- You multiply it by the expected damage increase from crits. Which means : let's take the critical percentage (to simplify then we'll get back to the real deal) CC, and the damage your critical strikes do CD. Since the critical damage displayed is the total damage, we need to be careful not to count it twice. We'll call the crit rating CR. So, if Da is your damage without factoring in crits, and Db the damage with crits (regardless of power/atsp and stuff for now), the "normal strikes" will be (1-CC) (*1 since they do normal damage), and since CC is your crit percentage, the critical strikes will do CC*CD damage, which gives us:
Db = Da*[(1 - CC)*1 + CC*CD] which becomes Db = Da[1 + CC(CD - 1)]
The formula to get the dps, based on what i said above, gives us :
DPS = [(1 + P/200)*WD]*S*[1 + CC(CD - 1)]
so
DPS = [(1 + P/200)*(MaxHit + MinHit)*0,5]*S*[1 + (CR/(CR+3500))(CD - 1)]
Where do i put my Champion Points to get the maximum DPS ?
You can check out this thread if you want to know.
- Why does the formula there use CD and not CD - 1 ?
As i said before, the formula the game uses assumes CD is the bonus damage from crits, not the total damage. Ingame testing proves it's actually the total damage.
Time for ability rate, i didn't really know where to put it
- Ability rate : Reduces your and your minions' cooldowns by a certain %age. P = AR / (AR + 1000), where P is the cooldown reduction %age, and AR your ability rate score.
NB : Base attacks have a 25% chance to reduce the remaining cooldown of your spells by 2s
Now that we're done with damage, let's take a look at toughness :
TOUGHNESS
It's described at "your ability to withstand damage, mesured in how much damage you can take before falling". It's not very clear, so i'll detail a bit. It basically means how much "raw" damage the enemies need to shoot, so that the actual damage you take after damage mitigation (blocking, armor, etc.) takes you down. Let's take an example, but kind of backwards, it's clearer that way:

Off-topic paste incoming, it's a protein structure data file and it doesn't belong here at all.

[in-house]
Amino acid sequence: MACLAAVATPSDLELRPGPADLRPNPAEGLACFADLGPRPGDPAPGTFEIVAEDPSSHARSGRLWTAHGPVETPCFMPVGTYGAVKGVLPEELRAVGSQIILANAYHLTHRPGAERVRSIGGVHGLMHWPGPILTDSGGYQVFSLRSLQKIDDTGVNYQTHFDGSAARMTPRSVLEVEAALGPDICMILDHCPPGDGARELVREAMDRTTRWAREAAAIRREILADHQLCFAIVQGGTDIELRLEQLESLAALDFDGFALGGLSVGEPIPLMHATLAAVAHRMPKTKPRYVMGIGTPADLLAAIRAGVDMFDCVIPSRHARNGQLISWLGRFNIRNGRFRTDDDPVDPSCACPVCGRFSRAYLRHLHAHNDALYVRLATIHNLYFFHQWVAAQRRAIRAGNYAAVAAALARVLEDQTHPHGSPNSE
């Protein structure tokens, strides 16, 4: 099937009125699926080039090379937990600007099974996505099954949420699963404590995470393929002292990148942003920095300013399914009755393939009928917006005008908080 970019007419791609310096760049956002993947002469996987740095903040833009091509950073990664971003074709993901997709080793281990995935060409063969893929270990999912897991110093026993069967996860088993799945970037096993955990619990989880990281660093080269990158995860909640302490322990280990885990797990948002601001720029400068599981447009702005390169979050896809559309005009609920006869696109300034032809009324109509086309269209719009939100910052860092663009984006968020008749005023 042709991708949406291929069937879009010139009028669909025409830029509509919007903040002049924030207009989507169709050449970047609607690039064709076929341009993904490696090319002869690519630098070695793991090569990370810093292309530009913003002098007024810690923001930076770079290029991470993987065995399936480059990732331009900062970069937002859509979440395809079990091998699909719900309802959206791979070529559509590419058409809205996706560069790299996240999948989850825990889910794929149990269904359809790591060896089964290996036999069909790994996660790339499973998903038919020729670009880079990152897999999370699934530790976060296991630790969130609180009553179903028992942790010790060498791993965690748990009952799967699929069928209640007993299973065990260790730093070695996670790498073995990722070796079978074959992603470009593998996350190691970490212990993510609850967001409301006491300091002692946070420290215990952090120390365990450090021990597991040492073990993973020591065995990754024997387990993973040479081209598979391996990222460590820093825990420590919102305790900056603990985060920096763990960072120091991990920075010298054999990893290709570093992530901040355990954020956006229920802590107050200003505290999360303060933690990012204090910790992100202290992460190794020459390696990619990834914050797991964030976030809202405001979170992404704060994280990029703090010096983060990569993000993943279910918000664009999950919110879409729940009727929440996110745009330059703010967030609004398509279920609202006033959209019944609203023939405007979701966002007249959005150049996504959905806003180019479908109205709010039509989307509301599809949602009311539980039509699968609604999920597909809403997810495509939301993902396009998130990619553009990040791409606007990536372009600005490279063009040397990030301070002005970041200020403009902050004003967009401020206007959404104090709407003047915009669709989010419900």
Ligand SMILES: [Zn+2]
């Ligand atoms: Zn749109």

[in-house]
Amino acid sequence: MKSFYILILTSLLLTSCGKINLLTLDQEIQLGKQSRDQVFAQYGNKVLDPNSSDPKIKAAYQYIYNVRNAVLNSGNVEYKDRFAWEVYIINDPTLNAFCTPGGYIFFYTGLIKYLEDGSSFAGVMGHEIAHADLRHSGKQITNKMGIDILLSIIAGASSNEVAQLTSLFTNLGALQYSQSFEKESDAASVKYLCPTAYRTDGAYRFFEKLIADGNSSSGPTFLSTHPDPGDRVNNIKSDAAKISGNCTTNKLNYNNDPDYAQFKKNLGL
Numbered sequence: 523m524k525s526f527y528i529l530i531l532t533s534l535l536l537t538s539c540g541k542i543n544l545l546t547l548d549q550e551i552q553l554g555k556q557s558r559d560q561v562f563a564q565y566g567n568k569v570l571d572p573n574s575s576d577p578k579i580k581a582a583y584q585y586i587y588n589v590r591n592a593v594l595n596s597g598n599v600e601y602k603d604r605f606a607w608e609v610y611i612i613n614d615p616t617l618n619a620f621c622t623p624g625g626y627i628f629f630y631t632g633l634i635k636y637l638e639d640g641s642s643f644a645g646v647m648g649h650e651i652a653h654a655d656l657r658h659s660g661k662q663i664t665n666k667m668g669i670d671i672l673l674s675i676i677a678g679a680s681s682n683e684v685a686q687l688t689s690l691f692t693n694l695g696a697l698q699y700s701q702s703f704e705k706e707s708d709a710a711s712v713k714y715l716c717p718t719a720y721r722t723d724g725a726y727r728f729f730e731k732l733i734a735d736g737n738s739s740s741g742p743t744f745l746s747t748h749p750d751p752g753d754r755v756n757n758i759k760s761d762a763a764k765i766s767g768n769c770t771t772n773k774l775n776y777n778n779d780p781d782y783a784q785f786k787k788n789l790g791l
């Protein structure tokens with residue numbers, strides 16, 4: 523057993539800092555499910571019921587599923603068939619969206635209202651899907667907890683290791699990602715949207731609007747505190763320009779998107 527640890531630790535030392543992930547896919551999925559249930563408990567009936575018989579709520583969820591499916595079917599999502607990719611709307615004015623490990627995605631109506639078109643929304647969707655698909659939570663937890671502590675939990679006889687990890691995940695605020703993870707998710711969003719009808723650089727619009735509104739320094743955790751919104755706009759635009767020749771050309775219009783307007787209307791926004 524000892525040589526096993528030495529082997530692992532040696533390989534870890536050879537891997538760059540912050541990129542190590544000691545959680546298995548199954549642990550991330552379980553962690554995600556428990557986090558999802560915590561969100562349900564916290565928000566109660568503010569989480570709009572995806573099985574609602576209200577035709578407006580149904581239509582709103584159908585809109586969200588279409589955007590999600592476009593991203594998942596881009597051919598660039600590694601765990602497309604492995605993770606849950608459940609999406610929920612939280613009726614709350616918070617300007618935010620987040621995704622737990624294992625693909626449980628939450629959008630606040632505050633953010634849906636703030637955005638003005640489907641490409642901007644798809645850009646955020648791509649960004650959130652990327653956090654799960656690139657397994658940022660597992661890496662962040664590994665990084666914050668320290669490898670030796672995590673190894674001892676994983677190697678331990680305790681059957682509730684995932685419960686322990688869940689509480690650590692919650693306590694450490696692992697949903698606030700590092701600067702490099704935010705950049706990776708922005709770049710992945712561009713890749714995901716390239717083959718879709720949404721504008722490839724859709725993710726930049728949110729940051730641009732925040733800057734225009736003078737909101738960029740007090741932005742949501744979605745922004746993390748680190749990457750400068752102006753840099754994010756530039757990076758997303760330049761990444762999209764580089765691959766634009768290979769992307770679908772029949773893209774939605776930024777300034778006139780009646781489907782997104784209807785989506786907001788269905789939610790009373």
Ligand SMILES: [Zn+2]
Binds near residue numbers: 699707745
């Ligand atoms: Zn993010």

Suppose an enemy shoots "100k worth" of damage. You have enough armor to reduce damage taken by 60%, and you have 50% dodge chance. It means out of the 100k he shot, you're gonna only "receive" 40k, of which you'll avoid on average 20k (you don't avoid part of the damage from a single hit with dodge, i mean on average, on several hits, you'll avoid half). So, on average, 100k damage shot = 20k damage taken. It means that if you have 20k HP, you'd have 100k toughness with these defensive stats, because enemies need to shoot "100k worth of damage" for you to actually take 20k damage and die.
After this quick overview, let's take a look at our defensive stats :
- Armor : Decreases the damage taken, by P = A/(A + 3000) where P is the damage reduction percentage, and A your armor;
- Block chance : Percentage of chance to block a hit. A blocked hit deals only 25% damage (prevents 75% damage); Don't forget you cannot block if you don't have a shield equipped, so don't take into account block in toughness if you don't play with a shield.
- Parry chance : Percentage of chance to parry a hit. A parried hit deals no damage if it's melee, and parried ranged attacks deal half the damage (not sure about this one, you'll have to verify)
- Dodge chance : Percentage of chance to dodge a hit. An avoided attack deals no damage at all, obviously.
Now, how do we calculate toughness ? I'll start with a little example again, to get the formula. We'll ask our little guy above for his help again.
20k hp = 100k toughness because you avoid 80% of the damage (60% dmg reduc => 40% damage taken, multiply it by 50% damage avoided by dodge, 0,4*0,5 = 0,2 => 20%).
Which gives Toughness * %DamageTaken = HP
Now bear with me. I said %DamageTaken, so it's 1 -
%DamageAvoided.
Which gives us Toughness * (1 - %DamageAvoided) = HP
So Toughness = HP/(1- %DamageAvoided)
Let's see how to get the damage taken, by using each stat.
- Armor gives you A% damage reduction. So the damage taken is (1 - A);
- Parry makes you avoid damage (we'll forget about the possible 50% dmg reduction instead of 100% as it it's not taken into account in the ingame toughness calculation, or so it seems at least). If you parry P% of the hits, you take (1 - P) of them;
- Dodge : same as parry. You take (1 - D) where D is your dodge chance;
- Block : just a tiny bit trickier. You avoid 75% of the damage, but only in B% of the cases. So the damage taken is (1 - B*0,75) where B is your block chance.
The formula gives us :
Toughness = HP/[(1 - A)(1 - P)(1 - D)(1 - B*0,75)]
By the way, before i forget, each vitality point seems to give 50 hp (1 brilliant vit gemstone gave me 2500 hp)
Before we get to recovery, i'd like to add a few things :
- Parry and dodge have a lot of weight in toughness due to them being considered pure damage avoidance, but are unreliable. If you have 20k HP and take 80% "less" damage only because of armor, you'll survive a 99k "raw" hit provided you are full hp, everytime. If you have 20k HP and take 80% "less" damage only because of dodge, you'll survive sometimes and then you'll get oneshotted.